power Supply

Be careful when inserting it into the breadboard, make sure the + is in the red rail and the – is in the blue rail.

connect Power Supply

Let's Build!

How to Program a DC Motor

Study the code below. The variable enable is the motor, it’s declared as enable, because we are just enabling it, the control is done with the next 2 variables dir1 and dir2. The variables dir1 and dir2 are for driving the motor forwards and backwards.

The Code:

When you’re ready, copy and paste the code below to a new sketch.

int enable=5;
int dir1=4;
int dir2=3;

void setup() {

void loop() {
  for (int i=0;i<5;i++) {
  for(int mSpeed=100; mSpeed<255; mSpeed++){
  for(int mSpeed; mSpeed>100; mSpeed--){
  for(int mSpeed=100; mSpeed<255; mSpeed++){
  for(int mSpeed; mSpeed>100; mSpeed--){
The Circuit:

Assemble your components in the exact same way as the below image.

dc Motor L239D control
Upload the Code:

Once you have assembled the circuit, go ahead and upload the code to the Arduino board.

If all went well, the DC Motor should now be spinning forwards and then backwards.

A Challenge!

Controlling Motors and Servos with The Joystick

This is going to be your toughest project so far. We are going to program the Arduino to control 2 different components with another component. We have learnt how to control a servo with the joystick, and we have learnt to control a motor with the joystick. Now we are going to control both, from the same joystick. Also, you are going to have to use what you have learnt to construct the project. I will give you the code, but you will have to put it altogether without the guidance of the images. You have today’s lessons image and yesterday’s lessons image it’s up to you to make it work.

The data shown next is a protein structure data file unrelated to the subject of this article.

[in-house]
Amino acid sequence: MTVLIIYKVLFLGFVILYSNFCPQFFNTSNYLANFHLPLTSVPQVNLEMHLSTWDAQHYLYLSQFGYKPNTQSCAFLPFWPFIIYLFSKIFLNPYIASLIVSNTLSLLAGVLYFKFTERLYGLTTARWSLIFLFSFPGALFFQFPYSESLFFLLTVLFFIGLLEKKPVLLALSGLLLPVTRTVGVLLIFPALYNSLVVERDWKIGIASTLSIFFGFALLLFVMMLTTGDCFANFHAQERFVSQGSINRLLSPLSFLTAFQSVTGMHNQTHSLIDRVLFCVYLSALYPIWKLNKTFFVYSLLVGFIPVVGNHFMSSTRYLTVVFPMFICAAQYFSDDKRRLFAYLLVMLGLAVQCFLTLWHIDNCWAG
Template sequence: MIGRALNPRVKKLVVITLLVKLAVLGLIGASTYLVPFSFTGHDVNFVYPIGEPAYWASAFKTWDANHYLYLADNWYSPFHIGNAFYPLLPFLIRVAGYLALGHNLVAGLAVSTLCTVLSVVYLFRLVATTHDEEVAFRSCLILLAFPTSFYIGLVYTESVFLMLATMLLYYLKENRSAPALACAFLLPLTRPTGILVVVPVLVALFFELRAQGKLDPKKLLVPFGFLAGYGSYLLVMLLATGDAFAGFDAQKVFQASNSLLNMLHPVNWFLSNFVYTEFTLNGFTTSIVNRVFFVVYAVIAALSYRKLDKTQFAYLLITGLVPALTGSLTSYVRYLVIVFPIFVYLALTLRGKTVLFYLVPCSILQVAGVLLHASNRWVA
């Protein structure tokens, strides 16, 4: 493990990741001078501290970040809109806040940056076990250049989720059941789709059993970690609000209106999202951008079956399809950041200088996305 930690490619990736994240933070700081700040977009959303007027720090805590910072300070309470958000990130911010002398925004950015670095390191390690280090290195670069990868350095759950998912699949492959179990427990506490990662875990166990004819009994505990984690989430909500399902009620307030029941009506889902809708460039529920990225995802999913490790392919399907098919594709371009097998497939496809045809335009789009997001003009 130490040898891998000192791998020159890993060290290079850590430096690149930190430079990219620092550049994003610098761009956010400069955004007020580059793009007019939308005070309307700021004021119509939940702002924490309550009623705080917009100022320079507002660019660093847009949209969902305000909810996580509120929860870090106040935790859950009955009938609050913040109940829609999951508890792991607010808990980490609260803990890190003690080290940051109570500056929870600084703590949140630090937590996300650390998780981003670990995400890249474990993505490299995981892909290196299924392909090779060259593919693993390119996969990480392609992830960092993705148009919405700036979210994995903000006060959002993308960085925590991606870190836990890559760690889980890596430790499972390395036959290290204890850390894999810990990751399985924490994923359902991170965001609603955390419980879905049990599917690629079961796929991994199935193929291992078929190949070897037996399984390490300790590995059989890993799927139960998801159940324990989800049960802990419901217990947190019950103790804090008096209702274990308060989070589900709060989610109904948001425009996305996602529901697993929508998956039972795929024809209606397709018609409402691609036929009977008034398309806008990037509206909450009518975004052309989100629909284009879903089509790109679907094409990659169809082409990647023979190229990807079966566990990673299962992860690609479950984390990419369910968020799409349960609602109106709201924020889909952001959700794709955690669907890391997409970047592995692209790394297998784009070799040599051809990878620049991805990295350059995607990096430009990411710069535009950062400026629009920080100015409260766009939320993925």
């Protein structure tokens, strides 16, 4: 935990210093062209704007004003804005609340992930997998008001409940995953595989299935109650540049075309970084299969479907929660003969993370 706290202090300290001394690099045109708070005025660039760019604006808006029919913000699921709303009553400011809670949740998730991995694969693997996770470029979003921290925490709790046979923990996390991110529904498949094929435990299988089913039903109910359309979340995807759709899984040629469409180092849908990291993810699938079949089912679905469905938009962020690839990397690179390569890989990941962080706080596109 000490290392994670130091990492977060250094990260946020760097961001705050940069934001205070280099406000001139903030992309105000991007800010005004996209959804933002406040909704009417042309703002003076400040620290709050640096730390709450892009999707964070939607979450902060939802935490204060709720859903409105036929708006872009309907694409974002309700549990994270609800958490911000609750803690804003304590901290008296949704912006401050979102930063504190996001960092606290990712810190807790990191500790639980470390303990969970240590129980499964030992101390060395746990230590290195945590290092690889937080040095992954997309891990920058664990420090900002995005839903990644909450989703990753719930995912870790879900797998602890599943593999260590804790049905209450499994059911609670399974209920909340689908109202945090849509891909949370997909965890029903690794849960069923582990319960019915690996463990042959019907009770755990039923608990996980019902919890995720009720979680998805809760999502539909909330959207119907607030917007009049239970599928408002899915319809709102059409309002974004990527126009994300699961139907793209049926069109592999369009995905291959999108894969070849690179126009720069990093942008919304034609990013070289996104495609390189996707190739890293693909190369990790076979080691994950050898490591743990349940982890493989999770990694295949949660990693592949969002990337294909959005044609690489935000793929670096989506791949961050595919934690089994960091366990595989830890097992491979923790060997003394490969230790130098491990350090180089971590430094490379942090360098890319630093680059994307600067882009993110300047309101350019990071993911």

The Code:

I have included comments, to make this as easy as possible for you to understand.

Open your Arduino IDE then copy and paste the code below to a new sketch. Use todays and yesterdays project images to construct the Joystick, the Servo, and the Dc Motor. You will need to overcome one problem in the build process, its not difficult to figure out, just remember, DO NOT power your Dc Motor from the Arduinos 5V pin.

#include <Servo.h>
Servo Xservo;
//////////// //Dc Motor int enable=5; int dir1=4; int dir2=3;
//////////// //Servo int servoPin=9;
//////////// //Joystick Steering int xJoy=A1; int xJoyVal; int xJoyValMapped;
//////////// //Joystick Travel int yJoy=A0; int yJoyVal; int yJoyValMapped;
void setup() { //////////// //Dc Motor pinMode(enable,OUTPUT); pinMode(dir1,OUTPUT); pinMode(dir2,OUTPUT);
//////////// //Servo pinMode(servoPin,OUTPUT); Xservo.attach(servoPin);
//////////// //Joystick pinMode(xJoy,INPUT); pinMode(yJoy,INPUT); }